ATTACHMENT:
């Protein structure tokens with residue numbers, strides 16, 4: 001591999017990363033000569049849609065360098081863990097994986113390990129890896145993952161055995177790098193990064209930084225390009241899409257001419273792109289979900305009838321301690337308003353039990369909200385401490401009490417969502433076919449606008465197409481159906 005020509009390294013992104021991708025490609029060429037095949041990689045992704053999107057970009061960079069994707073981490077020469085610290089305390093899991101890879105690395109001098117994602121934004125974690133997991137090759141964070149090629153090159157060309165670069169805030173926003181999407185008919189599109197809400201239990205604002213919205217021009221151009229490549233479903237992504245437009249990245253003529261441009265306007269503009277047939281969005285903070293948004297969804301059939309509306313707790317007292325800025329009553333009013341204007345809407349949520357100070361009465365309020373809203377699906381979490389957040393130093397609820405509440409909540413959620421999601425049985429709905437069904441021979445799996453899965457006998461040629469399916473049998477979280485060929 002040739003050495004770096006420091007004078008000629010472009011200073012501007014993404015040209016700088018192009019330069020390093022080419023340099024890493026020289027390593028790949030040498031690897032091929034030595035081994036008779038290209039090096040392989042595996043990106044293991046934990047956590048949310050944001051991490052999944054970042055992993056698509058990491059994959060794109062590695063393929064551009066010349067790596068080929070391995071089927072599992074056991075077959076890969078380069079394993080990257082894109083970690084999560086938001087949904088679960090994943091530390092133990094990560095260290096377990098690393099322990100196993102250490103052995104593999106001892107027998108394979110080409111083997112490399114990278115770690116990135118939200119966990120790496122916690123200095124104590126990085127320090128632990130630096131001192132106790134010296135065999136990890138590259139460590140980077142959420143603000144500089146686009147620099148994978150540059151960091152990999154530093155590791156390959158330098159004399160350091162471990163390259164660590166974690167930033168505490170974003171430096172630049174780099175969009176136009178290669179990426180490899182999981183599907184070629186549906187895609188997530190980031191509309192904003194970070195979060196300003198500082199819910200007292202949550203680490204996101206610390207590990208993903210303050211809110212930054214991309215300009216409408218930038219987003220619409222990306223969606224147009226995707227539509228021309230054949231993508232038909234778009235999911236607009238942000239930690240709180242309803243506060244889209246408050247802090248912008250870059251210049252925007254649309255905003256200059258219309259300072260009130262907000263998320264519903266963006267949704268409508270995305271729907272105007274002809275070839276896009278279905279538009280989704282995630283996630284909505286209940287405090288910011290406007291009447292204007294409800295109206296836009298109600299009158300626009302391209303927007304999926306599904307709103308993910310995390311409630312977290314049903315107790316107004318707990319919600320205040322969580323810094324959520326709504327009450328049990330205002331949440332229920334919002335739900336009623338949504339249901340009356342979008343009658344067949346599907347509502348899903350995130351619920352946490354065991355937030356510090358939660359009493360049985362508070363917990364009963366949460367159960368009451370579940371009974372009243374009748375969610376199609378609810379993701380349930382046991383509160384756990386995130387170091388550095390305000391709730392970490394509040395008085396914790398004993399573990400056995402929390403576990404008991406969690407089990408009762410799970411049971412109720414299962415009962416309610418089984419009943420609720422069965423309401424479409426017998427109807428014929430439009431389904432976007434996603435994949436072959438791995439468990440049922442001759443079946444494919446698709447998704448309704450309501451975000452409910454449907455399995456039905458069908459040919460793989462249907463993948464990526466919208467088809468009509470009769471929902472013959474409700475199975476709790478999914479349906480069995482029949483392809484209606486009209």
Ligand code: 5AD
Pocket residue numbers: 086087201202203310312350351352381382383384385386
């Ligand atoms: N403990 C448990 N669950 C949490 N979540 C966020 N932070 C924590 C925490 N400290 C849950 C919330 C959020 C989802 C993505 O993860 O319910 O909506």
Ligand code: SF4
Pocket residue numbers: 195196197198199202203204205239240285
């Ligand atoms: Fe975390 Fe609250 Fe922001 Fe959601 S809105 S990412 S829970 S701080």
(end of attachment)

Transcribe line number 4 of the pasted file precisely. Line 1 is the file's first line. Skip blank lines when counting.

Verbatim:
């Ligand atoms: N403990 C448990 N669950 C949490 N979540 C966020 N932070 C924590 C925490 N400290 C849950 C919330 C959020 C989802 C993505 O993860 O319910 O909506």